If there’s one word that sums up the Twin Cities restaurant scene in 2023, it’s bloom. This was a year that seeds planted during (or even before) the early pandemic came to life: Pop-ups went permanent, dreams took shape as markets and cafes, and takeout operations flourished into full-service restaurants. If, in 2024, the restaurant world looks poised to return to pre-pandemic levels of activity and buzz, we owe that to those who tended their gardens amid highly imperfect conditions, contending with inflation and a bumpy labor market but still forging ahead. Here are some of the Cities’ best and brightest new restaurants, bars, pop-ups, and more, from an opening time frame between roughly October 2022 and October 2023.
Oro by Nixta: Restaurant of the Year
Chefs Gustavo and Kate Romero have radically changed the meaning of corn in the Cities’ restaurant scene, transcending hybridized sweet yellow cobs and industrial harina and serving corn that is earthy, fibrous, even ferric, its kernels big as gold coins. If expanding their tortilleria and takeout operation Nixta into full-service restaurant Oro was a leap of faith, they took it because they’re the greatest corn evangelists around, and their mission — helping to preserve Mexico’s 59 remaining heirloom corn varieties, threatened by cheap U.S. imports and industrial masa production — was too important to allow otherwise. Nationally, Oro is part of a wave of restaurants making heirloom corn the star of their menus (and yes, it’s making a difference), and locally, it’s serving masa dishes that rarely grace Twin Cities tables elsewhere: tlayudas as broad as a sun hat; blue corn chochoyotes; crispy soft-shell crab folded up in Nixta’s thick, springy tortillas. Those moles, velvety and dark and laced with cinnamon, bind the menu into one seamless whole.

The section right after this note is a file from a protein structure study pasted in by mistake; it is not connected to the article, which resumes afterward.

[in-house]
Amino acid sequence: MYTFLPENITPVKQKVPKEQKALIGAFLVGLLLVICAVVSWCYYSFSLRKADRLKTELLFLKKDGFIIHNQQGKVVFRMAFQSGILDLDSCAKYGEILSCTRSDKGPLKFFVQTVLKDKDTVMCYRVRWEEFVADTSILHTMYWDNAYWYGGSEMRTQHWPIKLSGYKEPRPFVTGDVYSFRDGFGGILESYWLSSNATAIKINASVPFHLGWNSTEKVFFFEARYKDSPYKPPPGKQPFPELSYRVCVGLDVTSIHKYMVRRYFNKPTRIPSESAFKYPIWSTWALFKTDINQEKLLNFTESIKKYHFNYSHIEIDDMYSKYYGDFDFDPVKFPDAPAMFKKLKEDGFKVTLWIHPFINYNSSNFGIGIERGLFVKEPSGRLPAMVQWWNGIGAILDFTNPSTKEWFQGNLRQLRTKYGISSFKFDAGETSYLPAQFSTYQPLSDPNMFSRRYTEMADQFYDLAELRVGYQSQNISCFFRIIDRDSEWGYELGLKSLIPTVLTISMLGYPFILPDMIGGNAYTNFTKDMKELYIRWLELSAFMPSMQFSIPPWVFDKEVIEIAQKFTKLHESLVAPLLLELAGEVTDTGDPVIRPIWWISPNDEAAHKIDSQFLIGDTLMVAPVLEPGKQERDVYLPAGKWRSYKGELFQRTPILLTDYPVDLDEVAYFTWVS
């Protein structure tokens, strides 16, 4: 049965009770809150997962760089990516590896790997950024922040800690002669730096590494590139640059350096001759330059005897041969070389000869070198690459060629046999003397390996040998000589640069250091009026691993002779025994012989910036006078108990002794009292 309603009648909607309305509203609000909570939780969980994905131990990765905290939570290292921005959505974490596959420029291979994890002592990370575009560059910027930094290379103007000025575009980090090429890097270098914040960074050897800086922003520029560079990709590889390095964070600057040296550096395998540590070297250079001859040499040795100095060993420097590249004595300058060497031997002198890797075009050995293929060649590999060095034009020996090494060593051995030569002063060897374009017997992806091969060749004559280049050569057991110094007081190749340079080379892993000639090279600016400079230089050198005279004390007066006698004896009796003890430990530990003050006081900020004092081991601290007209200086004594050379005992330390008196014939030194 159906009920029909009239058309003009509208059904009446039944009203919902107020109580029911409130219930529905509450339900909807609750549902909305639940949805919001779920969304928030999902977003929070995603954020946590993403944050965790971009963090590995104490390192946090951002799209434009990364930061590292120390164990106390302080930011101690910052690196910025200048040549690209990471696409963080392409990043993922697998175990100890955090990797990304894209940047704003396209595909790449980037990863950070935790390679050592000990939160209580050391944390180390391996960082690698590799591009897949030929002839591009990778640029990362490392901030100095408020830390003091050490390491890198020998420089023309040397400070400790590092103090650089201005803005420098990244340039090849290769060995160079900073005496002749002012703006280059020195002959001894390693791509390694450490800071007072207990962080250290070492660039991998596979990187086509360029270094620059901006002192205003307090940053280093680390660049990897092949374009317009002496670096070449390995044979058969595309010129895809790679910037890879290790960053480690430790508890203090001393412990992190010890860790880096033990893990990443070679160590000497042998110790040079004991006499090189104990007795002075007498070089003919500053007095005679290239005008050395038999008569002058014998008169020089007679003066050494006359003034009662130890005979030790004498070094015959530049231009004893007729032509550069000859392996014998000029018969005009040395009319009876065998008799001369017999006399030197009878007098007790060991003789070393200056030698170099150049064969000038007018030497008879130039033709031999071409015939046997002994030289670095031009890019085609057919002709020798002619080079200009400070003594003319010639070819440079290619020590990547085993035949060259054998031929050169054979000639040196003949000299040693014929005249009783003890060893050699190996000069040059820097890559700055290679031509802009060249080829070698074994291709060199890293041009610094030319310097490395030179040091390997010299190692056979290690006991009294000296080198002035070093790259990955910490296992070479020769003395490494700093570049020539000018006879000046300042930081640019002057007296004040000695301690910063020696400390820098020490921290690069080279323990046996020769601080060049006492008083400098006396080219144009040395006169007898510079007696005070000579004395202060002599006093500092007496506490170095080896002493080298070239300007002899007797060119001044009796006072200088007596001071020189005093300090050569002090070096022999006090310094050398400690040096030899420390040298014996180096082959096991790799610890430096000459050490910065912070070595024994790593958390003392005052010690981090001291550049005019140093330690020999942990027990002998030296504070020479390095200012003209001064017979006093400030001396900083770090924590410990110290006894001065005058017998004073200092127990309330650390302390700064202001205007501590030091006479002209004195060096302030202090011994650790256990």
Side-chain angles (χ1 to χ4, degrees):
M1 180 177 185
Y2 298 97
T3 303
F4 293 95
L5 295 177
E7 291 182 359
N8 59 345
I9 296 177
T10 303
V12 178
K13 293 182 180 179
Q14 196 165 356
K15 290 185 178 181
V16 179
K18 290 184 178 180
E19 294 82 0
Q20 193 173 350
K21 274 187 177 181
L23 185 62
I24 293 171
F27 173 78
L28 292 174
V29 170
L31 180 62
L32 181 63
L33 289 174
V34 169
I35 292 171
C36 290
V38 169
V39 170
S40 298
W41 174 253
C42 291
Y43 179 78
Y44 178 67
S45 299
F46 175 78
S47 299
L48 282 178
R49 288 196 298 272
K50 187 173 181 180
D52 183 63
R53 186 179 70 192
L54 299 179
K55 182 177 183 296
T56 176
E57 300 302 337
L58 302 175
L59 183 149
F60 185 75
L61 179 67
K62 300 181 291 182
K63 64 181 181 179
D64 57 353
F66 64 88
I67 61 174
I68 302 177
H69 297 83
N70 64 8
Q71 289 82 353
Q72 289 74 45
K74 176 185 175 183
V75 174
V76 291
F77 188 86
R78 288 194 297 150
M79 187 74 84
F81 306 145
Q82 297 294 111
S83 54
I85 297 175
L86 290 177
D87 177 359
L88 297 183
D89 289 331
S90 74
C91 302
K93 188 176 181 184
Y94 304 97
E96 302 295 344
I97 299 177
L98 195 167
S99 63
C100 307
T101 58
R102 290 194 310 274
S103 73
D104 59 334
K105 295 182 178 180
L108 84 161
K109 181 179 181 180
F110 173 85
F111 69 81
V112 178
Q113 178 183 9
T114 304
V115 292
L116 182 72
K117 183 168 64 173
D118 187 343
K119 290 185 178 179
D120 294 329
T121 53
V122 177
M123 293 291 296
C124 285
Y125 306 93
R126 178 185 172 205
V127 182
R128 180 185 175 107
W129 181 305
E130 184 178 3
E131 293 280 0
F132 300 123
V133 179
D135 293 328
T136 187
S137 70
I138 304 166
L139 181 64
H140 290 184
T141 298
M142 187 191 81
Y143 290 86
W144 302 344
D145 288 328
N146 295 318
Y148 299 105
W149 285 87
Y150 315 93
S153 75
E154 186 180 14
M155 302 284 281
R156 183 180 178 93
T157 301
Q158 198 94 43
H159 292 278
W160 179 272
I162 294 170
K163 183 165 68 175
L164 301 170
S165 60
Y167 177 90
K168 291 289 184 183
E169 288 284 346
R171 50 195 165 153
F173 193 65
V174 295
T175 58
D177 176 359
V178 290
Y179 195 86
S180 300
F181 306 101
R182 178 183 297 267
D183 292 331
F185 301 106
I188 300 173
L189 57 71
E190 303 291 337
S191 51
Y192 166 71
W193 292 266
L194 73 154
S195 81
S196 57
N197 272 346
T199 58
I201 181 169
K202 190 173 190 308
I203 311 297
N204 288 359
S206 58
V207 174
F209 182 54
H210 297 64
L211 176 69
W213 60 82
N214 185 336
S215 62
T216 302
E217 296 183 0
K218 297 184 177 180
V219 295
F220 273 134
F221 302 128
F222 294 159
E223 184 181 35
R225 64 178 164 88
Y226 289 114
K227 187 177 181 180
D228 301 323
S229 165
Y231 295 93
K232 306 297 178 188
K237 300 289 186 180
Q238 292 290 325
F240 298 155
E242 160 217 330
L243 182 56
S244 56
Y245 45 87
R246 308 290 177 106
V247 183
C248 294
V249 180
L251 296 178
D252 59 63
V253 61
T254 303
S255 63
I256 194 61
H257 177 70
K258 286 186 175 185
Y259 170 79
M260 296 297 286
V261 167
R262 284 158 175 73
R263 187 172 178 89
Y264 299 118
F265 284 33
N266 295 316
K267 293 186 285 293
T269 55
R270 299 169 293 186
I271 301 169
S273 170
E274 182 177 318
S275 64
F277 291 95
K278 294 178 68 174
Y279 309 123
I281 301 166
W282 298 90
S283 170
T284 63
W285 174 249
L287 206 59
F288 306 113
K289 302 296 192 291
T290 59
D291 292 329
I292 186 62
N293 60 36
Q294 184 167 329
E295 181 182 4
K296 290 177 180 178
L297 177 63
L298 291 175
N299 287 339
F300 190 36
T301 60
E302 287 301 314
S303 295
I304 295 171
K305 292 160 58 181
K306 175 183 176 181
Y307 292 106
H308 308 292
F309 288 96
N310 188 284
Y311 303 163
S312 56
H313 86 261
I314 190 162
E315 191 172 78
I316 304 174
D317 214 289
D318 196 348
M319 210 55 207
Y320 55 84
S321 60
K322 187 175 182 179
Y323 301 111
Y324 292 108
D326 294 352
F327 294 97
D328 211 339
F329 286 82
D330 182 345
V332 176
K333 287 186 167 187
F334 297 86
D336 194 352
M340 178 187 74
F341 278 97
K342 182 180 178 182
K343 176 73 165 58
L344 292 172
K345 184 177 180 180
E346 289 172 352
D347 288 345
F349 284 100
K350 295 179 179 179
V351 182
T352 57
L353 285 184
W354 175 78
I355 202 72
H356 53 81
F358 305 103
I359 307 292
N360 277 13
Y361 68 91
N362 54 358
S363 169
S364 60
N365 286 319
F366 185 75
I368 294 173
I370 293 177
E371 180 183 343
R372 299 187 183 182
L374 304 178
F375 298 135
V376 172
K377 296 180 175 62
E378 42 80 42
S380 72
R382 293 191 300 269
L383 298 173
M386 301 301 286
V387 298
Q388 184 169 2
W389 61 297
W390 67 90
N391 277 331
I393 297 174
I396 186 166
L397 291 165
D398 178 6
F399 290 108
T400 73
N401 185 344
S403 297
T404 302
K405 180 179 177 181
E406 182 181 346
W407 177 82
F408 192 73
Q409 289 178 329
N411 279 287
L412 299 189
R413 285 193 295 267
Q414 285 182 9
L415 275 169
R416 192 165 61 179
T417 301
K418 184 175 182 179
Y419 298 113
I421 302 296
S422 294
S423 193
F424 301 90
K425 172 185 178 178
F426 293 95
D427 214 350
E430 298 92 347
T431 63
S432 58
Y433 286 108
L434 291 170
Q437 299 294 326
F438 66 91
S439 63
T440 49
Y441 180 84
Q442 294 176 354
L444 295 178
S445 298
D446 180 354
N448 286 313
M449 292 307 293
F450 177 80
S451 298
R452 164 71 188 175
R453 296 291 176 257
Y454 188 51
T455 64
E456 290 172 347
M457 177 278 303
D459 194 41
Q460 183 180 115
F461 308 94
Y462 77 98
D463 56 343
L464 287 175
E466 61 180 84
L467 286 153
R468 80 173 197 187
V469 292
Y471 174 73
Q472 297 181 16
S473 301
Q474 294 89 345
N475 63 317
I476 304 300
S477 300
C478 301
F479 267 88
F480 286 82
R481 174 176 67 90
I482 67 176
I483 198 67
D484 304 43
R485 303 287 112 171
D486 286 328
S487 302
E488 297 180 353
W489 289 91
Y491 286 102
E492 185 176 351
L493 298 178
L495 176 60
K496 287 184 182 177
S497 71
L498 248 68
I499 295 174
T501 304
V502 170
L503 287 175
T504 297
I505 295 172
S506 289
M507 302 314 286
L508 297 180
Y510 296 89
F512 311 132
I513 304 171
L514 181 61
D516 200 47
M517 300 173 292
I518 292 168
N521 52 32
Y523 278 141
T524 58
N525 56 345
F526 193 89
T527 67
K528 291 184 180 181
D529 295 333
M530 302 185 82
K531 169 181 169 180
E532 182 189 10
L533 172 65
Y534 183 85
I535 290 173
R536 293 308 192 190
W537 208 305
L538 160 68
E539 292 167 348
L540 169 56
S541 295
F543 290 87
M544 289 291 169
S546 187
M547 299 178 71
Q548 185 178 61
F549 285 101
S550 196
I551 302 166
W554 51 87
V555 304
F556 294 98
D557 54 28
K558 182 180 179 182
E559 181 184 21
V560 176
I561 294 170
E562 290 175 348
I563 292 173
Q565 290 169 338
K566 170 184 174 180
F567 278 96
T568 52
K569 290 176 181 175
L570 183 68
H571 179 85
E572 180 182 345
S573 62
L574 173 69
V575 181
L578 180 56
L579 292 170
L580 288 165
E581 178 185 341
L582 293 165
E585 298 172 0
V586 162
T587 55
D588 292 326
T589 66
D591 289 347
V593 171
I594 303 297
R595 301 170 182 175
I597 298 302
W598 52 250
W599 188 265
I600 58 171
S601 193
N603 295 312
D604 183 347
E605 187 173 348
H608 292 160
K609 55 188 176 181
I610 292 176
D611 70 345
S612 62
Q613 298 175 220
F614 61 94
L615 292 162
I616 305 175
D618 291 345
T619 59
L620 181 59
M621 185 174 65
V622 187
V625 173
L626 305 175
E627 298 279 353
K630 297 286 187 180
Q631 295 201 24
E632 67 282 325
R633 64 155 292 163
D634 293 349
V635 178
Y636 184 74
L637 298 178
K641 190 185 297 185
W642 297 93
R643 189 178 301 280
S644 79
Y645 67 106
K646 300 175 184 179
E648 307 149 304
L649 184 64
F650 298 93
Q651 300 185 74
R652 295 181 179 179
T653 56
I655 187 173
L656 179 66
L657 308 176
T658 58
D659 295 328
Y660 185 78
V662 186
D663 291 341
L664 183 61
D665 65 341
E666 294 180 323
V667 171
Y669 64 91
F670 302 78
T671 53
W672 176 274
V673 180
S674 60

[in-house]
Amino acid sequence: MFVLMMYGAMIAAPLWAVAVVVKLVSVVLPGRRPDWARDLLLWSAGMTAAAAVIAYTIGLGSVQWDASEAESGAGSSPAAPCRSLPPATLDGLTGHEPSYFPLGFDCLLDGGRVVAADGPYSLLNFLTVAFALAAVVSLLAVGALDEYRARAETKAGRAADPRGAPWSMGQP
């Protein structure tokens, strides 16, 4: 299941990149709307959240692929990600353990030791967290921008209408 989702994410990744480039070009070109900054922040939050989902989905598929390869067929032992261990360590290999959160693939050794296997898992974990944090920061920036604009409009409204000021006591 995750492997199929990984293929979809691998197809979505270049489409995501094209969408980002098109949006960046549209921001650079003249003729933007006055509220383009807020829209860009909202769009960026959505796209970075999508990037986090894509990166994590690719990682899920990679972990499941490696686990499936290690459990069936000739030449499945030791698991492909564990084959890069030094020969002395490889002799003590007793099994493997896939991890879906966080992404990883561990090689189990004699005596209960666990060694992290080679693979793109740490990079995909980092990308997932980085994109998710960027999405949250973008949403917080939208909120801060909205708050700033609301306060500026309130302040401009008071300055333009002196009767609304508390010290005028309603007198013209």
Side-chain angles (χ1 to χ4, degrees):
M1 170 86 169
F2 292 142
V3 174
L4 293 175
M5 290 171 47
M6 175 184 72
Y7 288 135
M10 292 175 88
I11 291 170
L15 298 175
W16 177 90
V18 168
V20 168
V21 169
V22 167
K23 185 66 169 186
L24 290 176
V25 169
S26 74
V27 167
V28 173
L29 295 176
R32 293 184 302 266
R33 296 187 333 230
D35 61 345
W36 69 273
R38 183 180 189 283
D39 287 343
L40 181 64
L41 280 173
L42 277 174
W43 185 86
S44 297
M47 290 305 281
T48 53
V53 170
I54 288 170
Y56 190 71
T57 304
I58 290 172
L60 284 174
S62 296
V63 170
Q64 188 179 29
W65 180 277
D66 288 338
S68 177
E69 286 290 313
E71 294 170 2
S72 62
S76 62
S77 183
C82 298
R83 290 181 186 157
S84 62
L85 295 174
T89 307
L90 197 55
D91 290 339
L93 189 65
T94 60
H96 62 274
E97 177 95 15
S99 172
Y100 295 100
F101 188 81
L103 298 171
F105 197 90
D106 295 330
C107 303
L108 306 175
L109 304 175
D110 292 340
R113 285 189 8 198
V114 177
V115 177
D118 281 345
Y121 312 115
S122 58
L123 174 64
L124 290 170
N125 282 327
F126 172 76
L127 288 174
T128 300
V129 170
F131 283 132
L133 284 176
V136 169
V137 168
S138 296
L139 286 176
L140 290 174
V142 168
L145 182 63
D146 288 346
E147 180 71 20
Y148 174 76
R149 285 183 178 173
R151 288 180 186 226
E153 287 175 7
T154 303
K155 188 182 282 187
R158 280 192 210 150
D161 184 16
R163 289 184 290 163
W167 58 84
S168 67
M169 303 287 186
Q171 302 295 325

Marty’s Deli: Best Damn Sandwich
Marty’s Deli made its name on its focaccia, the hand-baked, salt-flecked, soft-as-a-cloud bread that fueled Martha Polacek’s sandwich pop-up for two years during the early pandemic. But moving into a sunny storefront in Northeast gave her the space to create the New York-style deli Marty’s was always destined to be, one stocked with capers and egg salad and giardiniera. Polacek’s egg-meat-cheese-hashbrown-collards combo rocked the breakfast scene this year, and her classic sandwiches, with their expert layers of briny meats, bright pickled vegetables, and creamy aiolis, have remained as popular as ever. But Marty’s has also proved to have one of Minneapolis’s most dexterous seasonal menus, featuring sandwich specials stuffed with fried chicken of the woods mushrooms or late-summer heirloom tomatoes; serving sides of corn chowder and polenta cake with rhubarb; and doing frequent local collaborations (like an Animales pastrami egg-and-cheese). Those chocolate olive oil cookies, the weeks that they appear, steal the entire show.
Lito’s Burritos: Best New Pop-Up